• 2 cups almond flour
  • ½ cup unsweetened cocoa powder
  • ¼ teaspoon sea salt
  • ½ teaspoon baking soda
  • ¼ cup cooled, melted coconut oil or avocado oil
  • ¼ cup maple syrup
  • 3 room temperature eggs
  • 2 teaspoons vanilla extract
  • Frosting Ingredients:
  • 1 cup raw cashews, soaked for 4-5 hours, then drained well
  • 3 tablespoons honey or maple syrup
  • 1 teaspoon vanilla extract
  • 1 teaspoon lemon juice

Instructions

  1. Preheat oven to 350 degrees.
  2. Pull out any especially pretty spiralized beets and save for garnish at end. Give the rest of them a quick chop so none are long and stringy.
  3. In a bowl, mix together almond flour, cocoa powder, sea salt, and baking soda until homogenous. Add oil, maple syrup, eggs, and vanilla, and mix well to combine. Stir in beets and mix until evenly distributed.
  4. Pour into lined, full sized cupcake tin, filling each one a bit over ¾ of the way. Bake for 20 - 25 minutes, or until a toothpick inserted into the center comes out clean. Let cool completely before frosting.
  5. To make frosting, blend together all ingredients until very creamy—you want to let the blender or food processor go longer than you’d think, scraping down the sides, to let the nuts release their oils and get a truly creamy result. Spread frosting on cupcakes and garnish with a beet spiral. Store in the refrigerator until ready to eat.
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Red Velvet Cupcakes With Spiralized Beets

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Comments

  1. If you don't add the garnish, can you store them at room temperature for a few days instead of the fridge?
  2. Hi! I'm allergic to nuts. What can I use in place of the cashews and almond flour?
    • I would like to know about substitutions for nuts as well.
    • You can use all-purpose flour, just note: almond flour can usually require more egg or binding agents, so you may have to play around with ratios to get these to come out correctly. Just experiment! As for the cashews - you can make your own frosting without the cashews - cashew frosting just helps to cut down on the amount of dairy used & keeps things a bit healthier. A traditional frosting recipe just requires powdered sugar, milk, butter, and vanilla.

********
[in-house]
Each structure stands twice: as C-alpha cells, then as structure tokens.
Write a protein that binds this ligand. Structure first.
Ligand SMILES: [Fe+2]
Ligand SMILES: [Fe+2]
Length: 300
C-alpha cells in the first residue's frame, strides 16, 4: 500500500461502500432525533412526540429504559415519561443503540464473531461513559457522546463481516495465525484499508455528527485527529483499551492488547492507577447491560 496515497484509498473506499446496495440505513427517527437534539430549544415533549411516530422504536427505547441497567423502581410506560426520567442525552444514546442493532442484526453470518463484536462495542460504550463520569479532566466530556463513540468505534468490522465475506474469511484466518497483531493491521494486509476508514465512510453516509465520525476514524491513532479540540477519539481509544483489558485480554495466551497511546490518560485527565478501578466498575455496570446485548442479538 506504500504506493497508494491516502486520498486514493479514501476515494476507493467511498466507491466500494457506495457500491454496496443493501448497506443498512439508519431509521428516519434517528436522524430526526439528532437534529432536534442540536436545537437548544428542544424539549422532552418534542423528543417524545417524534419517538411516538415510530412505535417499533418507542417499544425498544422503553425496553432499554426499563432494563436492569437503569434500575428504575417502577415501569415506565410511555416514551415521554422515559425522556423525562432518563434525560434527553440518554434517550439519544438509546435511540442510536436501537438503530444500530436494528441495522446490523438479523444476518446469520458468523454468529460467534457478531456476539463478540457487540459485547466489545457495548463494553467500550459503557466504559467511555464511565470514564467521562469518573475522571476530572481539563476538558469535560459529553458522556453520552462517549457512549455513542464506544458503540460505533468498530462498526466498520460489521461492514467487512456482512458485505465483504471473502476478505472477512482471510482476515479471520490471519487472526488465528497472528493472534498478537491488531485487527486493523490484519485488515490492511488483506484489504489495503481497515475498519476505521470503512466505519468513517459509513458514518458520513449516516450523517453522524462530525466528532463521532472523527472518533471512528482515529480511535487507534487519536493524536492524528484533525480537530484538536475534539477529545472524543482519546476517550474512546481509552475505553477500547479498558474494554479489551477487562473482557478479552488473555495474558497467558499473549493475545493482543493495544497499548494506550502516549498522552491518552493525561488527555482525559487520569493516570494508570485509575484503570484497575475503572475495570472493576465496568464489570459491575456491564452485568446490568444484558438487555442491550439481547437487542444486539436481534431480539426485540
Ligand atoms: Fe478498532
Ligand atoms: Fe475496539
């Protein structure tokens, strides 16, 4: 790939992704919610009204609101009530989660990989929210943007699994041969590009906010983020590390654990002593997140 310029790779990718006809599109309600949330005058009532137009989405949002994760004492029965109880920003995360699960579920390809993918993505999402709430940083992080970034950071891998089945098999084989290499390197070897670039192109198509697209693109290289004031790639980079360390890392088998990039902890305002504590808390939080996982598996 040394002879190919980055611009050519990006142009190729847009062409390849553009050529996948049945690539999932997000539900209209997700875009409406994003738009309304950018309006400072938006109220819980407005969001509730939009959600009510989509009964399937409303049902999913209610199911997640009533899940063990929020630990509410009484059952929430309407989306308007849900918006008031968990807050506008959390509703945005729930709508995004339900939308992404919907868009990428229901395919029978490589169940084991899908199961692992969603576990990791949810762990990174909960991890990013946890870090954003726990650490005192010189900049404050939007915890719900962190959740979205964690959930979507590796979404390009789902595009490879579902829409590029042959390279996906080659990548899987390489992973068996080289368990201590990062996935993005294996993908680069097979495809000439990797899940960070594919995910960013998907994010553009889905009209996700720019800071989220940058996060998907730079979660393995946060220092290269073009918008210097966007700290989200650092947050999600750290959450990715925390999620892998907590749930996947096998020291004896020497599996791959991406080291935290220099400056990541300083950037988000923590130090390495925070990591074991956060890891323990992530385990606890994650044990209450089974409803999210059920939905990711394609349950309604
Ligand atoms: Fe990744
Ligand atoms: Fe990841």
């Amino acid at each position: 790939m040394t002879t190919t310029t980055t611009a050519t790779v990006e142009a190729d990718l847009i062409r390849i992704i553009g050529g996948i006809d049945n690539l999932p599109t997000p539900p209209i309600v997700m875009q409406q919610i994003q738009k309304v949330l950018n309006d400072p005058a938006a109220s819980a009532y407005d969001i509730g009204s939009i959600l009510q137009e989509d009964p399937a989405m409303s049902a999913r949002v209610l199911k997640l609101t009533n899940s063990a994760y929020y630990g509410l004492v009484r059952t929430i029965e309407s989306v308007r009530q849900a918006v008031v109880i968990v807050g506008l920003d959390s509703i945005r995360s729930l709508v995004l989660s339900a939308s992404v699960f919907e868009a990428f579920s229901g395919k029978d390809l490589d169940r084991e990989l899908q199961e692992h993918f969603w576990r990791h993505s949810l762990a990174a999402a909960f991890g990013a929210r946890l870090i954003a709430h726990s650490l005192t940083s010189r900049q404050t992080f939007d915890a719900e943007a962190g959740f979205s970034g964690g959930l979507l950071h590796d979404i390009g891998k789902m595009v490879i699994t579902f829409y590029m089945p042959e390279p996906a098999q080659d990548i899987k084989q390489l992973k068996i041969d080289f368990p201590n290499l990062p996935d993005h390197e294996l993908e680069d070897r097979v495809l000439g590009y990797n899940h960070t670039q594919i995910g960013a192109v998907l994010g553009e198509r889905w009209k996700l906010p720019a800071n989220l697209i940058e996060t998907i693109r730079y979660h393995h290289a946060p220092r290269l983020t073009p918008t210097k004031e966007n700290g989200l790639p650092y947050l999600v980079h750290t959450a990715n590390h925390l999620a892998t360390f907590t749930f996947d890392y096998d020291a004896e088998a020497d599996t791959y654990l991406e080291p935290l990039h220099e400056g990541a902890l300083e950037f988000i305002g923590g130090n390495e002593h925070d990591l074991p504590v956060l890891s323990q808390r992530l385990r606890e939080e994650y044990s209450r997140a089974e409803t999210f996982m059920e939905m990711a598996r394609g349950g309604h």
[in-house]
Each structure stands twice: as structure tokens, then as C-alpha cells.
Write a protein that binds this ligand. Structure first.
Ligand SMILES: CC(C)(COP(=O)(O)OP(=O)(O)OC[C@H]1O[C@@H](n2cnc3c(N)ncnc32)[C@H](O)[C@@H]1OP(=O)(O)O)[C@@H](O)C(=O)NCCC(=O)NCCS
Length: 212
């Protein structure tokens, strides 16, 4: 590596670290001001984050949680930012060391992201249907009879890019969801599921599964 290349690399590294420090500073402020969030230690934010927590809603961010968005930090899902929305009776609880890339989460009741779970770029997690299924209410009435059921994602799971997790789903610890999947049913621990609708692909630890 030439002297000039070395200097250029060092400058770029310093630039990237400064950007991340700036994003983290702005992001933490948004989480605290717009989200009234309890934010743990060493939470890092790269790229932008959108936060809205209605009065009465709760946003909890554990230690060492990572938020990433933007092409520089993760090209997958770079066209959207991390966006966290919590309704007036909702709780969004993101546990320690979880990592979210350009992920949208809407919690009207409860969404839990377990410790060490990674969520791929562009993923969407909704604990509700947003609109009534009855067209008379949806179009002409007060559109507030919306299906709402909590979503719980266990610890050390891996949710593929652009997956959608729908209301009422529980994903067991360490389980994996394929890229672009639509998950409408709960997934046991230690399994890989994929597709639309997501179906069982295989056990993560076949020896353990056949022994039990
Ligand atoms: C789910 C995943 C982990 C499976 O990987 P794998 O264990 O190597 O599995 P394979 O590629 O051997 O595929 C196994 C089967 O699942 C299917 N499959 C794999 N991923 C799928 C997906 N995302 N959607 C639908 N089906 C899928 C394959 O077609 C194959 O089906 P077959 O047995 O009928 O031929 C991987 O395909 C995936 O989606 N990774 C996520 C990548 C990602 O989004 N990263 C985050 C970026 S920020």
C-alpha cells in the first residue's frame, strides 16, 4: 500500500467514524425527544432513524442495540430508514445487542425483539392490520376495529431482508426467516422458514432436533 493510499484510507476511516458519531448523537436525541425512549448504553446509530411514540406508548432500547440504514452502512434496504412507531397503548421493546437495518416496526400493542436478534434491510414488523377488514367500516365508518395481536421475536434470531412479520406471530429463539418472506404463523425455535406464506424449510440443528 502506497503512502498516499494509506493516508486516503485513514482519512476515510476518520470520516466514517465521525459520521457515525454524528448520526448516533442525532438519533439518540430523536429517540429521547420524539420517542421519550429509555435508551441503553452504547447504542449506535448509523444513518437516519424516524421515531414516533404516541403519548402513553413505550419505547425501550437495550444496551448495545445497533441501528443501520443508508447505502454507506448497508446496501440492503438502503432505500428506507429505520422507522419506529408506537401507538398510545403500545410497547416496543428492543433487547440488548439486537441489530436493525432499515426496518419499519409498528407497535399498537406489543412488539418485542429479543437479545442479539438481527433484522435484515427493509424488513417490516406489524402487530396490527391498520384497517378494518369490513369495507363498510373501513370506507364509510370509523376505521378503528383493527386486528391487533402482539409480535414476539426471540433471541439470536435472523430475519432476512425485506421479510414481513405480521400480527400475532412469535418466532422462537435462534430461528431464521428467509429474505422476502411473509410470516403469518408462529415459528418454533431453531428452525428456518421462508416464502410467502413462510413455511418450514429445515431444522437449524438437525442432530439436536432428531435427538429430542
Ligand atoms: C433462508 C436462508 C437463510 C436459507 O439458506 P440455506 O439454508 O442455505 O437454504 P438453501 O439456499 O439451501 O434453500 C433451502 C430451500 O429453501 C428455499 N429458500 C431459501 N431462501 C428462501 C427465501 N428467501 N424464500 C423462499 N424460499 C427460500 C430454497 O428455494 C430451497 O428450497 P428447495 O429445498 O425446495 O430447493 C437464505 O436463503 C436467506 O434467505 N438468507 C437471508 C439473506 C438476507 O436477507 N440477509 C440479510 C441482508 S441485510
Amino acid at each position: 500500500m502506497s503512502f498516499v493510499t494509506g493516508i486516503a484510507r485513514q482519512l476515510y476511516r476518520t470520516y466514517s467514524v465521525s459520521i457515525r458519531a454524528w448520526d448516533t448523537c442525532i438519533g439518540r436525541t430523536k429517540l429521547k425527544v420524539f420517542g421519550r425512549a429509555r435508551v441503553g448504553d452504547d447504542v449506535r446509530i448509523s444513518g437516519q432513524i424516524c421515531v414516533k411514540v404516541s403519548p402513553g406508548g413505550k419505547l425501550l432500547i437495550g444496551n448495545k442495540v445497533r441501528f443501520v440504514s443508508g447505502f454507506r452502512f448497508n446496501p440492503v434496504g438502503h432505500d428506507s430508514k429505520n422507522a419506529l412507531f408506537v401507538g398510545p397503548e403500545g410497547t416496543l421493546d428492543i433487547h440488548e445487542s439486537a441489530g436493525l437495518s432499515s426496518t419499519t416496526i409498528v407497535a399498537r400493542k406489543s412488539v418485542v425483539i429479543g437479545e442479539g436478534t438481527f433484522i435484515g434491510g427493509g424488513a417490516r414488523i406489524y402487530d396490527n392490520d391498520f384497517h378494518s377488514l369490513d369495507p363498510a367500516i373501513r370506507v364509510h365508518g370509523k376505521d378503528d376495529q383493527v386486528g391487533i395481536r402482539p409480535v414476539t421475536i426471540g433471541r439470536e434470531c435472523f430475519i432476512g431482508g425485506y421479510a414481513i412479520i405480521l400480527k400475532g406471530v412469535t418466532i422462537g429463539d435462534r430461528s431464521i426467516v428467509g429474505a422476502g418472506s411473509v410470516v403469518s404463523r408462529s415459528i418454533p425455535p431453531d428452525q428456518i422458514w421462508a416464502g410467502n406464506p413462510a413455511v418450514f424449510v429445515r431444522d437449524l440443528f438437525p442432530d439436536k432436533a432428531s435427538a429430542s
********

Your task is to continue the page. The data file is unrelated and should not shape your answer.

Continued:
• I'm allergic to milk. Before I found a cashew cream cheese frosting I searched everywhere for a recipe without cheese and finally found one that was essentially maringue but cooked on the stovetop before spreading it on. This could also be an option
  3. would like a substitute for eggs, thanks :-)
  4. I made these yesterday, out of curiosity. They were delicious and very moist. I spiralized the beets, then placed them in a food processor, for mincing. The beets provided a lot of moisture and richness. The only thing I would do differently, next time, is make a low-fat reduced sugar cream cheese frosting. The cashew cream was good, but not as flavorful as I would like, but I understand the reasons for using the cashew cream. I would definitely make these lovelies again.
  5. Yay for sneaky veggies! And I thought that zucchini and carrots were the only "dessert-acceptable" veggies to include! Anyways, these cupcakes look so decadent and delicious! Thank you for the comment about the flax eggs as well--this is so helpful!
  6. I tried this recipe and unfortunately it was not super tasty. Just wanted to let you know the recipe may need to be played around with a bit, as these were pretty bland. They also may have been better with finely chopped beet spirals vs. just chopped into smaller pieces (which I see someone minced them above in the food processor, that would definitely be worth trying!). Also, just a note that these are not sugar free as stated- maple syrup is still sugar. It may be more clear to state "refined-sugar free". Thanks!